Mortgages and student loans typically have lower interest rates and may provide tax benefits, but they may be worth a new look, too. Mortgage rates have dropped significantly in the past few years, so if you have an older loan or an adjustable rate, you may want to ask your lender about dropping the rate on your current loan. (It’s possible in some cases. After I started the refinancing process in March, my mortgage lender offered to convert my current adjustable-rate loan into a fixed loan with a lower rate.)
  1. Revisit the “3 Rs.”
It’s also a great time to review your financial plan and goals, assess your risk tolerance, and consider rebalancing your investments. Even if you took a look at your long-term goals as recently as January, they may have changed. One of my friends recently decided to buy a home where she’s quarantined. Lockdown partners are planning weddings. Others now want to have children. You probably have some resources as close as your keyboard that can help you think through those goals. And don’t think that you have to wait for the end of lockdown to meet with a professional. There are many ways to get help virtually.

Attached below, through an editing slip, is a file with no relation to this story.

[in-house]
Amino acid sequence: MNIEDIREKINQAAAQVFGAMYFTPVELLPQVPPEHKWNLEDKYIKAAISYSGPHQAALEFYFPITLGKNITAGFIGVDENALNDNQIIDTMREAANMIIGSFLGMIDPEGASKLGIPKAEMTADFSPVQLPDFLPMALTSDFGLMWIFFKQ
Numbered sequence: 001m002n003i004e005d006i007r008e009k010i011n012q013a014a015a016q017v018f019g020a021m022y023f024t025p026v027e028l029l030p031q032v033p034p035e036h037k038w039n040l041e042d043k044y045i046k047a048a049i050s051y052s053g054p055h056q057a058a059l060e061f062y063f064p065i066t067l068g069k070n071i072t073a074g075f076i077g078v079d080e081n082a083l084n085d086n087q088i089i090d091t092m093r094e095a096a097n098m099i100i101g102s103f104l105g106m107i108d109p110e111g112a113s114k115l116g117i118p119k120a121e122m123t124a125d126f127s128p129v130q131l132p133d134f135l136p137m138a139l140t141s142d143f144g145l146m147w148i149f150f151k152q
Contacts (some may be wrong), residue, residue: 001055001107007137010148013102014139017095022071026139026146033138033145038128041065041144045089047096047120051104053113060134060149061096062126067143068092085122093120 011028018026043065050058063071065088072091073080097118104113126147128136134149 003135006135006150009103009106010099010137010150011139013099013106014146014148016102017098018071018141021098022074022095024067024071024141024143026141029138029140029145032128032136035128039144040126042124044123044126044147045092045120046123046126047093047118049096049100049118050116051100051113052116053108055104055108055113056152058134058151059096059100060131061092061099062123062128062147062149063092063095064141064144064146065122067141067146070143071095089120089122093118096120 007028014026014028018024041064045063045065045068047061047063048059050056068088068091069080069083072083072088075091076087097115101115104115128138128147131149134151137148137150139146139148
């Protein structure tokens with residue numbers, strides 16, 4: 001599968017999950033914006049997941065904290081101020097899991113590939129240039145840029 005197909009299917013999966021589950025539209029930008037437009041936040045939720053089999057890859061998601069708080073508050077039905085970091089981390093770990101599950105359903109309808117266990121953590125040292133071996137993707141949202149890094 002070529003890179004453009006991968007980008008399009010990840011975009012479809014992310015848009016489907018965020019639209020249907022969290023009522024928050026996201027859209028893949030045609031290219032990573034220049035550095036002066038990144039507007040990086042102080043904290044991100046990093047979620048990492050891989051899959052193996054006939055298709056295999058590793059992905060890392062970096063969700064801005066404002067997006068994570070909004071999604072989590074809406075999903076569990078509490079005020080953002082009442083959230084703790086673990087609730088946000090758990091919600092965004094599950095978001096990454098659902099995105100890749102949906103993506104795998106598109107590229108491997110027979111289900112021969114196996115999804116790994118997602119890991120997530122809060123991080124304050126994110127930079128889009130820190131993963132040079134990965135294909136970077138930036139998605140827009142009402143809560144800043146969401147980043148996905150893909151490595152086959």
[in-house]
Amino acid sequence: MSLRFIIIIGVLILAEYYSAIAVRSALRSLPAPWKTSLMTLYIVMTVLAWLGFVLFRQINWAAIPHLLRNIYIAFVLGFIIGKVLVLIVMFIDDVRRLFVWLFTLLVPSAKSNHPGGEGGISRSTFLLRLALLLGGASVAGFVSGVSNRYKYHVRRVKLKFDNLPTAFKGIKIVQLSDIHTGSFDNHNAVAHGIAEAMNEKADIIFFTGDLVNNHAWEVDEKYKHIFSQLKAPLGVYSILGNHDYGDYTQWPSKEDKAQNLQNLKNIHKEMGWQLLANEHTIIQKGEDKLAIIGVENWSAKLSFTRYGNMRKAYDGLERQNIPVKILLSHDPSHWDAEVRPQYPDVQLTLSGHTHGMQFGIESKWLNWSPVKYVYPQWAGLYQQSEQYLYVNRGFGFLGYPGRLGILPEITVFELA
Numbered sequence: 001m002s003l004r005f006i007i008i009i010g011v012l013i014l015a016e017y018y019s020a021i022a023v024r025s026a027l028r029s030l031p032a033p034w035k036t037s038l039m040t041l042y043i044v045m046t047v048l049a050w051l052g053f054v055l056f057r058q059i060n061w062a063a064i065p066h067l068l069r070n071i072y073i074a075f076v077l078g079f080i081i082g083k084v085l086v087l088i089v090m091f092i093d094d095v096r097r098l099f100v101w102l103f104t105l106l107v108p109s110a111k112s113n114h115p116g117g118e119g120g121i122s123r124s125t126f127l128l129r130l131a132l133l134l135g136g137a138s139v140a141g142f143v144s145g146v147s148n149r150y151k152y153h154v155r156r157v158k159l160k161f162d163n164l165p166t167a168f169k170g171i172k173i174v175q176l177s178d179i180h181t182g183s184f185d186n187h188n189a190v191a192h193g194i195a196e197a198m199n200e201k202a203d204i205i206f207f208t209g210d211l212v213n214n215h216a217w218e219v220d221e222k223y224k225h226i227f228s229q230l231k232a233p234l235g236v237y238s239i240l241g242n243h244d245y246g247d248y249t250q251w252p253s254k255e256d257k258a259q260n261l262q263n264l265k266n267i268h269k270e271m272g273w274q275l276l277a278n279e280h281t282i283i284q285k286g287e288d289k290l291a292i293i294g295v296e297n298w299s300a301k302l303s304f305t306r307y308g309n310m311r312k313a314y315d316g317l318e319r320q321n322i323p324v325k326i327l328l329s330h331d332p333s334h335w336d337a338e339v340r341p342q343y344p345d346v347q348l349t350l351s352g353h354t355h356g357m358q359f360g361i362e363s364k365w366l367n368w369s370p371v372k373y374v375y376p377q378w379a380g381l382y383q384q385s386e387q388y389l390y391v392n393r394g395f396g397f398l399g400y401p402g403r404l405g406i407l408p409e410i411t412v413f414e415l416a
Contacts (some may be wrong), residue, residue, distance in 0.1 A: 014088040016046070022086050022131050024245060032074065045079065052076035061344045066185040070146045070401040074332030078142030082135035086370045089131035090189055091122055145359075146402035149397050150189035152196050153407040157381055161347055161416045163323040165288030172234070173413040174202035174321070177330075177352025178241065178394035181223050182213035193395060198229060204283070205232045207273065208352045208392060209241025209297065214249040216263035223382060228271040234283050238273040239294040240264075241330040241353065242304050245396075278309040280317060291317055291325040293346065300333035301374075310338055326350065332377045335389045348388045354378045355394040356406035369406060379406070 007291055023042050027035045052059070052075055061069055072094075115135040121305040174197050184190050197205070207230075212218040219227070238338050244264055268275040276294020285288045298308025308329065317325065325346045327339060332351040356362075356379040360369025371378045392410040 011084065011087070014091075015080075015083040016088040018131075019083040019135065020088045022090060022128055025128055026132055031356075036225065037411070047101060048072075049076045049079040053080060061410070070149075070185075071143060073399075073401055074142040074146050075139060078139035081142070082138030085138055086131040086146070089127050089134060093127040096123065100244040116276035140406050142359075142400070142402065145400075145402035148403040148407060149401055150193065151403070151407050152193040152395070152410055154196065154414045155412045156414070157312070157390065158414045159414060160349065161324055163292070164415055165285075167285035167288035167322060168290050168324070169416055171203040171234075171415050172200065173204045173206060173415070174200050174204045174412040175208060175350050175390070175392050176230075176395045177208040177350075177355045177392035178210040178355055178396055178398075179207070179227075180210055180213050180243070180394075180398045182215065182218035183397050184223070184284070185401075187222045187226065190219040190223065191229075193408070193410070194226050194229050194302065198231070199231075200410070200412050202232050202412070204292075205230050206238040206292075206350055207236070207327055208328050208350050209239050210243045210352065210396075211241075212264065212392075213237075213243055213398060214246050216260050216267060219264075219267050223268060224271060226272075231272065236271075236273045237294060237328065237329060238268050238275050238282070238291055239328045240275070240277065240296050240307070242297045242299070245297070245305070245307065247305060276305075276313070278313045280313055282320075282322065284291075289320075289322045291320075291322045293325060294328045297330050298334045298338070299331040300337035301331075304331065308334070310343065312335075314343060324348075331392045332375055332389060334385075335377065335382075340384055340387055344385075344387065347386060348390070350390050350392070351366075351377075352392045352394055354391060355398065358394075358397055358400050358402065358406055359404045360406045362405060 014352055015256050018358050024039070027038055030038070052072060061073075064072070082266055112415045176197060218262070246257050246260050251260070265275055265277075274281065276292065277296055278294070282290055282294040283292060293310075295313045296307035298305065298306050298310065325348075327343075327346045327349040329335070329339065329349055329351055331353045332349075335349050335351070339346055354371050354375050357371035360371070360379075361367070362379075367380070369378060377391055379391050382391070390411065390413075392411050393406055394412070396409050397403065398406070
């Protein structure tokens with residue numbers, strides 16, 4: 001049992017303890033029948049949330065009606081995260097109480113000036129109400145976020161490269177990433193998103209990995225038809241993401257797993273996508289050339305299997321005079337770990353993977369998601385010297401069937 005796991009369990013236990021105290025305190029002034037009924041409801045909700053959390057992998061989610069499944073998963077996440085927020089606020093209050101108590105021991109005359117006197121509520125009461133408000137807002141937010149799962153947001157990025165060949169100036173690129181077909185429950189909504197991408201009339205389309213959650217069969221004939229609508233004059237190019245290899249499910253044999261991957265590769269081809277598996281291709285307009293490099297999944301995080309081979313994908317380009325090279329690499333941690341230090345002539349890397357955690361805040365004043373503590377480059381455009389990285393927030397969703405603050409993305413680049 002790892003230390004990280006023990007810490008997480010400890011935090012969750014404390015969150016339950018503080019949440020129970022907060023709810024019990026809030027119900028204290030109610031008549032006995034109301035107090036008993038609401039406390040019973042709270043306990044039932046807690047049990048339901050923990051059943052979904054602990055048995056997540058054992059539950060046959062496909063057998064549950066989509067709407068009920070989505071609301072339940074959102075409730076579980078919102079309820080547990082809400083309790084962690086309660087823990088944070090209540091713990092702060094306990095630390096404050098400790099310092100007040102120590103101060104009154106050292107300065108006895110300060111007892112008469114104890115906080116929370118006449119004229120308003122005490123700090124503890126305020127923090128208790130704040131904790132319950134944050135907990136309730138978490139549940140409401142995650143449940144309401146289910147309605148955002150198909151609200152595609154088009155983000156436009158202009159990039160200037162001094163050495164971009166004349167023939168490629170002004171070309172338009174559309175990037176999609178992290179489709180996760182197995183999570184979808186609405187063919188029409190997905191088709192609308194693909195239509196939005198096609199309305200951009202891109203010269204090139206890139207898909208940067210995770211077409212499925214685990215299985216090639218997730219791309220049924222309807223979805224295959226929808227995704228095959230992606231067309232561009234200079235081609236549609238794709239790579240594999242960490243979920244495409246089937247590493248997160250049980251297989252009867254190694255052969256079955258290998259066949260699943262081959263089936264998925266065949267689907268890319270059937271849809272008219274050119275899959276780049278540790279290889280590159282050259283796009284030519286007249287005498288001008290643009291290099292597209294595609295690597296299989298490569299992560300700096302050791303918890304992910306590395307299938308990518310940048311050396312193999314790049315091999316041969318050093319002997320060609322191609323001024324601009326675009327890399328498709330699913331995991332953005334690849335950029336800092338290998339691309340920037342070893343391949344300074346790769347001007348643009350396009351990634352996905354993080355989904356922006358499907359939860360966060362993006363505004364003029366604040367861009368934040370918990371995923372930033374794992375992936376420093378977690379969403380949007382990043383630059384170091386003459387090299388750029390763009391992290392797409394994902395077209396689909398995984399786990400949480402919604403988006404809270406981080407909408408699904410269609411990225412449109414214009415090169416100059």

Either with an advisor or on your own, it’s worth gauging your current risk tolerance, typically with a questionnaire. Knowing how comfortable you feel about investing can help you decide whether to rebalance your portfolio. Even without a pandemic, our personal risk tolerance can change over time. If you find that it has dropped, you may want to consider making changes in your asset allocation going forward, including investments that guarantee principal or growth, such as some fixed annuities, certificates of deposit or money-market accounts.
  1. Daydream.
Here’s your reward for reading your financial statements: A little day-dreaming about retirement. Even if you’re 20 years out, working from home right now can help you glimpse the future. Granted, this exercise might feel like a stretch if you’re monitoring schoolwork, walking the dog five times a day, tap-dancing for toddlers, or making sure your mother is staying home, while trying to do your own job, cooking, cleaning and zooming. But stick with me for a moment.